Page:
OCEANSIDE — Professional skateboarder Amelia Brodka combines her daring athleticism with humanitarian aims in a style that’s all her own.
What continues to draw this 28-year-old Vista resident to skateboarding? “You’re constantly growing,” Brodka said. “With each day you skate, you present yourself with new challenges and obstacles. The goal is to progress as you overcome fear and push yourself out of the comfort zone.”
And progress she has: Brodka is one of the top female skateboarders in the world. She won the 2017 Vans Park Series European Continental Championships and finished third in the 2017 FIRS Vert World Championships held in Nanjing, China.
In addition to competing professionally in vert (ramp) and bowl events, Brodka founded a nonprofit organization in 2012 called EXPOSURE Skate that attempts to “open doors for young girls and women,” she said. The North County-based organization pairs community service with its free, female-only skateboard clinics.
For example, girls in the Skate Rising Program divide their time between learning skateboarding tricks at Encinitas Community Park and making items like support kits for the homeless or bracelets for victims of bullying.
As the Exposure Skate’s website explains, the combination of instilling confidence in female youth through skateboarding and compassion through service “allows each girl to recognize her ability to make a difference within herself, her community and beyond.”
Adult women can also take free skateboarding clinics through Exposure Skate in exchange for donating canned food that gets distributed to Community Resource Center. Brodka was pumped that a 76-year-old woman recently showed up to one of the clinics “ready to learn to skate,” Brodka said.
Since releasing a documentary she co-created in 2012 called “Underexposed” — which highlighted the lack of publicity given to female skateboarders in marketing and the media — Brodka has seen the women’s skateboard industry “blossom,” as she put it.
“Women’s skateboarding is kind of trending right now. If you had told me back in 2012 that the industry would look like this in 2018, I would have been in disbelief,” she said.
Brodka attributes the shift to what she called a “general change in our culture and awareness.” She elaborated, “There are more female protagonists and women’s superheroes in film as well as the #MeToo movement and an increase in female entrepreneurs. With this shift in consciousness happening right now, it’s an amazing time to be alive.”
Her nonprofit’s biggest annual event called Exposure — which will be held at Encinitas Community Park on Nov. 3 and 4 this year — raises funds to benefit survivors of domestic violence. It’s the largest all-women’s skateboarding event in the nation, with more than 160 female pros from around the world expected to compete. Last year’s crowd exceeded 5,000 people, according to Brodka.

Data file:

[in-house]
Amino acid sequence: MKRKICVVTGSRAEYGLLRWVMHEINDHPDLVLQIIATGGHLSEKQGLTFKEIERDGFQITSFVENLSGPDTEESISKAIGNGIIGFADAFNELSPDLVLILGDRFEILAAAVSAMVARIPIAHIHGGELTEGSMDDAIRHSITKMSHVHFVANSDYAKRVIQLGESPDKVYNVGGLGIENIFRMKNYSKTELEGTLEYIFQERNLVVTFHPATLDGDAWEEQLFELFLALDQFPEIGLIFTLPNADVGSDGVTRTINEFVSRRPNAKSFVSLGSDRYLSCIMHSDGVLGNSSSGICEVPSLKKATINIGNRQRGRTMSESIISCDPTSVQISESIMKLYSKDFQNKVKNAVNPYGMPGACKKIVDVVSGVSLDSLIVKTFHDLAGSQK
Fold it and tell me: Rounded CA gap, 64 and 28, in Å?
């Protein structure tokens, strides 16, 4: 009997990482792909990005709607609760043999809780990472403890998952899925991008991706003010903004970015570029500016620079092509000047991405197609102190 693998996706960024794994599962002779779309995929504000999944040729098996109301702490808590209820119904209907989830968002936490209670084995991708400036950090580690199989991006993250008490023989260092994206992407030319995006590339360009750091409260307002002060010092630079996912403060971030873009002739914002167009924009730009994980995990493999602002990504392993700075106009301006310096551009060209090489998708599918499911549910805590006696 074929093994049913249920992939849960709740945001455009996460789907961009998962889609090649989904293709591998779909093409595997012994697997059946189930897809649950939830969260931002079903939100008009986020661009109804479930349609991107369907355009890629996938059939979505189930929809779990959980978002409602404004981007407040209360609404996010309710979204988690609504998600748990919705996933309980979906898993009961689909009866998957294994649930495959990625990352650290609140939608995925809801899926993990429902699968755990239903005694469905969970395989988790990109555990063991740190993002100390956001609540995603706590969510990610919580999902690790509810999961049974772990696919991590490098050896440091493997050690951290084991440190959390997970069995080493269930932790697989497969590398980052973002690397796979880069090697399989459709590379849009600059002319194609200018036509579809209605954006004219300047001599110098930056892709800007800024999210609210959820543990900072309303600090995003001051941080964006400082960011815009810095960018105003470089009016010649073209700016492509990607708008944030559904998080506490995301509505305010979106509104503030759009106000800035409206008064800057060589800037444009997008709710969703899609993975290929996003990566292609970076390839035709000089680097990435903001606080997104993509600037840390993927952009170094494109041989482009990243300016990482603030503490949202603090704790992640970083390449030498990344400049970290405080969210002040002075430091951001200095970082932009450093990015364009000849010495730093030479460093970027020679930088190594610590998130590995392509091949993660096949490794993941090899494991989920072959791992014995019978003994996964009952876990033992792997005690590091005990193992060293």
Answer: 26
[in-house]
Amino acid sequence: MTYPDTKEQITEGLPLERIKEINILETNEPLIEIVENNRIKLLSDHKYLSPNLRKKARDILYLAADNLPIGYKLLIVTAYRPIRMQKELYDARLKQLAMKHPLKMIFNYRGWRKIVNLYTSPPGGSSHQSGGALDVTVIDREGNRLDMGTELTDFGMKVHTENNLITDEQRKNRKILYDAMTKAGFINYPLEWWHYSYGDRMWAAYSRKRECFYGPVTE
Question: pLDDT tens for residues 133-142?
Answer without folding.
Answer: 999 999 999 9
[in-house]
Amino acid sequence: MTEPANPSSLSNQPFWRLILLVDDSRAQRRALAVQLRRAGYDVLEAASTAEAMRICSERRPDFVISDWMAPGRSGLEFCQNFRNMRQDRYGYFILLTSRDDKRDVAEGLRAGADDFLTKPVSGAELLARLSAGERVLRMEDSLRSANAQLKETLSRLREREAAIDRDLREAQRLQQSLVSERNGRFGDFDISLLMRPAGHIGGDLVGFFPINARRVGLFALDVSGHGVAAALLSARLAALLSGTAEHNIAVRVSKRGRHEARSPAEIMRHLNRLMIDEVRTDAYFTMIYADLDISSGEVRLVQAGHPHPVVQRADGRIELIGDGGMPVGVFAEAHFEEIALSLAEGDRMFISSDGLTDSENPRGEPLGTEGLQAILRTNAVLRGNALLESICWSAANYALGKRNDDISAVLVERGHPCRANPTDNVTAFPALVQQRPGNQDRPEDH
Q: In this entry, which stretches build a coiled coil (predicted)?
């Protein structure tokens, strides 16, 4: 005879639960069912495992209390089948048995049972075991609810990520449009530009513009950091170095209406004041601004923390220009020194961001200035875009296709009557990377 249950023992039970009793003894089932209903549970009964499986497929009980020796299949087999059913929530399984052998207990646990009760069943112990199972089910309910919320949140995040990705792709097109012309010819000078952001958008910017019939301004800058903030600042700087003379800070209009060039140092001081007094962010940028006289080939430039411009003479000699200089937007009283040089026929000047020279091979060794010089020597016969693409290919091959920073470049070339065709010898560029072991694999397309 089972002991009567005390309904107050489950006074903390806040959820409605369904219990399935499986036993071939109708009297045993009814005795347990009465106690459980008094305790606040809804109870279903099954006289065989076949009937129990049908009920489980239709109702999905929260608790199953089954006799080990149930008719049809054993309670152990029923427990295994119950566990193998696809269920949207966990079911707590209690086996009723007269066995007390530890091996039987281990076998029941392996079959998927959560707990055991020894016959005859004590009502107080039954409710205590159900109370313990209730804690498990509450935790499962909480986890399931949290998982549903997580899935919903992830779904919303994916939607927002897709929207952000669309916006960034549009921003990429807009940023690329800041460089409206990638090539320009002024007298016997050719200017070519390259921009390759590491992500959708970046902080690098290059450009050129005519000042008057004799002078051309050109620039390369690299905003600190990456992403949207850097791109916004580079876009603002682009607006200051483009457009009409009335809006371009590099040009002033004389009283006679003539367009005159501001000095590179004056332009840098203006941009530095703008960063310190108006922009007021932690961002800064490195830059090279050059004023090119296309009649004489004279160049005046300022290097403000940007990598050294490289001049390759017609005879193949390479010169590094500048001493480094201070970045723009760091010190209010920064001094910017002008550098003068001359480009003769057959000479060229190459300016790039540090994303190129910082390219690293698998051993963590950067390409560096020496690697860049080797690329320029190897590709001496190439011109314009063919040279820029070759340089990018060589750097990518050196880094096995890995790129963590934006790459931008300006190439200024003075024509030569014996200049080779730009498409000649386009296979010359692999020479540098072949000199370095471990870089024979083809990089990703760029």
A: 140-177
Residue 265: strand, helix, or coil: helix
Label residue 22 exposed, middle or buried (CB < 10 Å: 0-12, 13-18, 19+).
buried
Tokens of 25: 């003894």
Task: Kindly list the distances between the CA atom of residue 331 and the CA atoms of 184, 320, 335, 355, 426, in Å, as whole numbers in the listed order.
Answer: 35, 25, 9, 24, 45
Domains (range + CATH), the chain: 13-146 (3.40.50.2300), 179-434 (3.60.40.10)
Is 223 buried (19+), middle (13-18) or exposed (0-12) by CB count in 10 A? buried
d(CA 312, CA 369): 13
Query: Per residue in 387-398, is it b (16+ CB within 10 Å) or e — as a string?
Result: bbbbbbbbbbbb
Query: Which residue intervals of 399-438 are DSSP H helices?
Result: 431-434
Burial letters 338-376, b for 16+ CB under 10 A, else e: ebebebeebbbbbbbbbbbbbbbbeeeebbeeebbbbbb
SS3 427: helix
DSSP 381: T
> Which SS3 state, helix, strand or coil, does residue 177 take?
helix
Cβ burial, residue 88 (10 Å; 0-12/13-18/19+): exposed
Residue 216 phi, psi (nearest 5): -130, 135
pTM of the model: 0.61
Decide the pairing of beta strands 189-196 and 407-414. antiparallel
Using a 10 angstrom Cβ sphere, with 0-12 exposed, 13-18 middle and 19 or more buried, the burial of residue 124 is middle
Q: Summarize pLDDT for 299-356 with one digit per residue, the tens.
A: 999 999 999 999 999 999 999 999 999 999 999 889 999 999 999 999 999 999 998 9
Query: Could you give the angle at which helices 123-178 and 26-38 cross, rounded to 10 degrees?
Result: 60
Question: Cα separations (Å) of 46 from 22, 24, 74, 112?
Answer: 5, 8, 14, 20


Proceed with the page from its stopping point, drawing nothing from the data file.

Brodka immigrated from Poland to Linden, New Jersey, when she was 8 years old. Her father had won a visa through the lottery system. While working in the United States, he “saw the opportunities that were available here and decided to bring us, his family, over,” she explained.
Brodka went on to the University of Southern California, where she double majored in communications and narrative studies. While a student at USC, she would often drive from Los Angeles to North County, which she said was the skateboarder’s place to be.
When skateboarding becomes an Olympic event for the first time in 2020, Brodka intends to represent Poland should she qualify to compete. She lists Poland as her nation at other contests. Although she feels gratitude toward the U.S., she has “such a huge family in Poland and such strong roots there,” she explained.
Brodka will be the skateboard organizer and emcee for the Supergirl Skate Pro at the larger Paul Mitchell Supergirl Surf Pro event in Oceanside this weekend. Brodka normally competes in the event, but this year’s contest is a street one, a type of skateboarding that’s different from her vert and bowls expertise.
Supergirl Pro — featuring professional female surfers, skateboarders, gamers and more — and Exposure Skate share similar missions of empowering women and girls to compete in sports often associated, at least originally, with males.
During Saturday, July 28’s “Curb Queens” competition, female skateboarders will be judged on their technical use of rails, curbs and other obstacles installed on a flat surface as they skate their way through a course intended to replicate a street environment.
The Curb Queens event is a “pro am,” meaning some of the skateboarders are considered pros and others amateurs. Brodka expects about 20 or more competitors at the contest, which will be from 2 to 4:30 p.m. on Saturday, July 28. On Sunday, July 29, there will be a free Exposure Skate clinic open to girls and women from noon to 3 p.m. Interested participants can check in at the Exposure event booth.